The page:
So, in doing something that made me incredibly uncomfortable: asking for help and being vulnerable, I have set off a rate of growth that has caused my shell to be tight and restrictive many times over. But because I’m sober and no longer a stunted lobster, I’m casting off the shell.   I’ve come through things that once seemed impossible: quitting drinking, being able to sit in my own skin feeling all the uncomfortable feelings (surprisingly, it’s not fatal!), attending social events as my majestically awkward self, not having to numb my anxiety, navigating death and  losses, running hundreds of miles a year and completing a triathlon after rebuilding a body wrecked by drinking, writing about this experience for myself and others … an entire world has opened to me beyond the narrow confines of self-loathing and hangovers. This winter I have spent my time under the rocks and have emerged in my new shell.   I’m already feeling that this one isn’t going to fit me long. There have been lots of “Ah-ha” moments this spring like the one I had running along the Potomac with an icy wind in my face and tears in my eyes.  I’ll be writing about some of them in the next few weeks.

I’ve got lots of things to sort and examine and I’ve decided it’s time to ask for help again.  I am meeting with a therapist this week. I have low expectations, am keeping an open mind and trying to be non-defensively curious about what comes next for me. That I can even write that, is a testament to the love and patience of sober warriors who have pushed and prodded and listened and borne with me as I slowly figure it all out.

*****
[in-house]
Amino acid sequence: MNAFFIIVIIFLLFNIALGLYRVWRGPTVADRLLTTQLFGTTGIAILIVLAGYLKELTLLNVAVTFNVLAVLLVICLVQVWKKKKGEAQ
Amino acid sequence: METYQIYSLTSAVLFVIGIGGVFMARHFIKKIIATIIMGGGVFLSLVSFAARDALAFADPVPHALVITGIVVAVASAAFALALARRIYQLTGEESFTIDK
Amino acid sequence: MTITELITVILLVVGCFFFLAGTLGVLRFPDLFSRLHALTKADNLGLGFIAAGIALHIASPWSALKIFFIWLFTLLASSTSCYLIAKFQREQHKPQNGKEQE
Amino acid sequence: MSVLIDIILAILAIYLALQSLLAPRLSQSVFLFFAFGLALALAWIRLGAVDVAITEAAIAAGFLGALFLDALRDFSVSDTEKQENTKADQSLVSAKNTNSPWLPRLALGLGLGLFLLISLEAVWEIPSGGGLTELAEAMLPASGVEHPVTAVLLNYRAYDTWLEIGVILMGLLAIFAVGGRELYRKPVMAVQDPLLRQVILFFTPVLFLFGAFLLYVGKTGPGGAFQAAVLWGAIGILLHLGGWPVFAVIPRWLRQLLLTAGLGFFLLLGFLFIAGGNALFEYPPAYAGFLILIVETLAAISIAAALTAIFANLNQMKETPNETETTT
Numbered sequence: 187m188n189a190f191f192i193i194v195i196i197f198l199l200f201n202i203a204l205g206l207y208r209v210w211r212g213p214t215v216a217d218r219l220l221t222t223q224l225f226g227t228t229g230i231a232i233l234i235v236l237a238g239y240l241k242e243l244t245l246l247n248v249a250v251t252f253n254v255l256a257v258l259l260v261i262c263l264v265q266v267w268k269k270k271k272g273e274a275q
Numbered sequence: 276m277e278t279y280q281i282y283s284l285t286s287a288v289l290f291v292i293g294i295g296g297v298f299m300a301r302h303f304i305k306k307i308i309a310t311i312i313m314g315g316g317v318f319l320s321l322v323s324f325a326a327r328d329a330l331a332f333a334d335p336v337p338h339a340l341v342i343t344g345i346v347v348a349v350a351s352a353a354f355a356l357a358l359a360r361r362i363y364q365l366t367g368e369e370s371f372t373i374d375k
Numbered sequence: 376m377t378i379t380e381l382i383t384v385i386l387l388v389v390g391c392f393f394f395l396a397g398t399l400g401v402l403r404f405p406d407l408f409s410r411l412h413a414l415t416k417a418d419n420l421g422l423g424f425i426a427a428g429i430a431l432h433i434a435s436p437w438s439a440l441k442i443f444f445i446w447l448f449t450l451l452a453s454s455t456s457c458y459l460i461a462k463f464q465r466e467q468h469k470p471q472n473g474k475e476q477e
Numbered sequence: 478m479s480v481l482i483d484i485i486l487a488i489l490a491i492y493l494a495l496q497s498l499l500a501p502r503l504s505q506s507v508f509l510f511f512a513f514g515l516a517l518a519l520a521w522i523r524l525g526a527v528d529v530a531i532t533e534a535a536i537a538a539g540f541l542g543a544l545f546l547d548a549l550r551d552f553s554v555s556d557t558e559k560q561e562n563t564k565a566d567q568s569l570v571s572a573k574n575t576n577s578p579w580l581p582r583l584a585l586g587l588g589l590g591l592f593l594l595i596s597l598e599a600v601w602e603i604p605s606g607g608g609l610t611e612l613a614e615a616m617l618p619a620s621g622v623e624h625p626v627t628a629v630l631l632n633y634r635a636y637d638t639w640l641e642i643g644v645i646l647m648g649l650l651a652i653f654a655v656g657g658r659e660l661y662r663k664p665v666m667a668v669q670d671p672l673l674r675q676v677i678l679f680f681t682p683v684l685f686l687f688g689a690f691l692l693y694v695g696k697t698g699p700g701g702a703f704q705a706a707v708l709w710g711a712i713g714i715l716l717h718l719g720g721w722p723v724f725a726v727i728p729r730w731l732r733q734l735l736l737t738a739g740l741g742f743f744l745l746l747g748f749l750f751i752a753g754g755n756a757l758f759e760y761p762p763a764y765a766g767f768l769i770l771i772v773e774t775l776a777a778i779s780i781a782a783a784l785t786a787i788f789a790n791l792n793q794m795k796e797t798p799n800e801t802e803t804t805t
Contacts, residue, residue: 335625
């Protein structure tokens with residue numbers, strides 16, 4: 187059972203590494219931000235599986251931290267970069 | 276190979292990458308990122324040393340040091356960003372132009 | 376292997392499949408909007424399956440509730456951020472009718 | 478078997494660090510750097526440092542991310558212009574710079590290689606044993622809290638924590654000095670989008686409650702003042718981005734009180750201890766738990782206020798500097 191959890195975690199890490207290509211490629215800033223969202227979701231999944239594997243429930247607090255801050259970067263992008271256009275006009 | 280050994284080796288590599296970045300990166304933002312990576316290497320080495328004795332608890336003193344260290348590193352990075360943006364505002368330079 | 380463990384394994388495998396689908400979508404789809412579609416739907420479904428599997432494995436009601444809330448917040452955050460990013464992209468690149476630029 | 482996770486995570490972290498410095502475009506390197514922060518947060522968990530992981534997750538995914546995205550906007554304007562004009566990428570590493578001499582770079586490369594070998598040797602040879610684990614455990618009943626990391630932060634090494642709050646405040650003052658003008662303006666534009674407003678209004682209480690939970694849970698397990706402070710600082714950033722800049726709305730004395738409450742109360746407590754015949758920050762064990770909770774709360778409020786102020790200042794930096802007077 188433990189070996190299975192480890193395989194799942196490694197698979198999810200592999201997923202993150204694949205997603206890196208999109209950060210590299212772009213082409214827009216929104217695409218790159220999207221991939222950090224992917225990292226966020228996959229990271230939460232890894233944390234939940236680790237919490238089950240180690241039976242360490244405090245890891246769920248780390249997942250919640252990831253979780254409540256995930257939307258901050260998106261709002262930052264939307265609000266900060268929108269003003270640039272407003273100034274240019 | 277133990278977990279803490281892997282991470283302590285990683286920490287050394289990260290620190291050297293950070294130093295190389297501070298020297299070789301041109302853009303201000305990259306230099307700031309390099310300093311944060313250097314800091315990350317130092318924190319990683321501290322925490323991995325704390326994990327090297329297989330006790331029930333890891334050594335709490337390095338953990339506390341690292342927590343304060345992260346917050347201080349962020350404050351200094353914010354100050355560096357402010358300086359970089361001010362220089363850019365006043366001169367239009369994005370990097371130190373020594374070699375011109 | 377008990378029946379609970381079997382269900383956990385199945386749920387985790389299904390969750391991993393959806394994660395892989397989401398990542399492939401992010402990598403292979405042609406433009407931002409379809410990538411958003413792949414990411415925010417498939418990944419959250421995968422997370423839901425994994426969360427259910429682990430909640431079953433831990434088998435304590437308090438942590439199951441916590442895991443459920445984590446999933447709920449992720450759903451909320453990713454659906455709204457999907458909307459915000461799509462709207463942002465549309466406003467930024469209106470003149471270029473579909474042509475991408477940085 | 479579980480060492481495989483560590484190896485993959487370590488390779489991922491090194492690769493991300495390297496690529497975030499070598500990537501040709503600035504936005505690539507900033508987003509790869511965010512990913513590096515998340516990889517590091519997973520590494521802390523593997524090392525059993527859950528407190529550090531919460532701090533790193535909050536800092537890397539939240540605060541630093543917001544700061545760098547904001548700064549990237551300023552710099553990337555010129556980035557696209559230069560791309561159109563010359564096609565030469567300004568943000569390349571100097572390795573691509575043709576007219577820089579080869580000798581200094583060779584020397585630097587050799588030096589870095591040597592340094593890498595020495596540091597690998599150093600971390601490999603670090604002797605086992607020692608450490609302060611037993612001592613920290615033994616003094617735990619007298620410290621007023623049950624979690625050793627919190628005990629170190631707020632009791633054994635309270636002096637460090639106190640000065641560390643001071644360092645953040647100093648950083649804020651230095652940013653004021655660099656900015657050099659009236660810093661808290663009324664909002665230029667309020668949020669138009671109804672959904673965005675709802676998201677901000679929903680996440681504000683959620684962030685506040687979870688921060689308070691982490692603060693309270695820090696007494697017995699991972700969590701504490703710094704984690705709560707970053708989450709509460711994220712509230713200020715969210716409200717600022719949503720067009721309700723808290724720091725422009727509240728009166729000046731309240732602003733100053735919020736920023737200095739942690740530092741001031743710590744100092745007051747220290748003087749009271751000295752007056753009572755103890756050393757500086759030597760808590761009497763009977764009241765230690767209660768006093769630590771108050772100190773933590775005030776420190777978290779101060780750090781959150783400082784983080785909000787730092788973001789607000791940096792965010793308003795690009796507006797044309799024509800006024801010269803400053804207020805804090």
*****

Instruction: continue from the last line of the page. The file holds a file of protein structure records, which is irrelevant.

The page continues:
So if you are feeling the pinch, knowing it’s time to level up and be seen, I encourage you to step out and take that risk. Allow your self to be seen by others with positive regard until you can do it for yourself.  Eventually, you will begin to look at yourself that way too, as farfetched as that may sound. I know it’s hard. Hope was something I became afraid of as I reached the limits of my addiction and was trapped in the small and cynical scarred world I had made. It seemed like it was for people who were stronger or maybe just more naive.   I thought I had figured out how to stop being a lobster–numb with alcohol and just not take the risk to ever be soft and vulnerable.  I could stay forever under the rock and attempt to ignore the tightness of my own shell.  My reality was all pain and no hope, so the best I could hope for was to numb out and take some of the pain of life out. I didn’t realize I was taking life out altogether.  I’m not sure I could have said that out loud, but I was certainly living as if that was true.

Now, I say that life is pain, yes.  It hurts like hell some days. But it is also unspeakably beautiful. And the only way to go through all of this is through. It’s frightening but it’s also all real. Transformations aren’t always pretty like we think of when we think of butterflies or other ethereal creatures. I can relate to the lobster– a little feisty and snappy, down in the murk and under the rocks sometimes.  I am soft and mushy inside of a hard shell.  Sometimes I have a literal pea brain.  But I want to get really big.

Because we know the really big ones get thrown back by lobstermen and they become wily survivors who have the best stories.

I want to be one of those.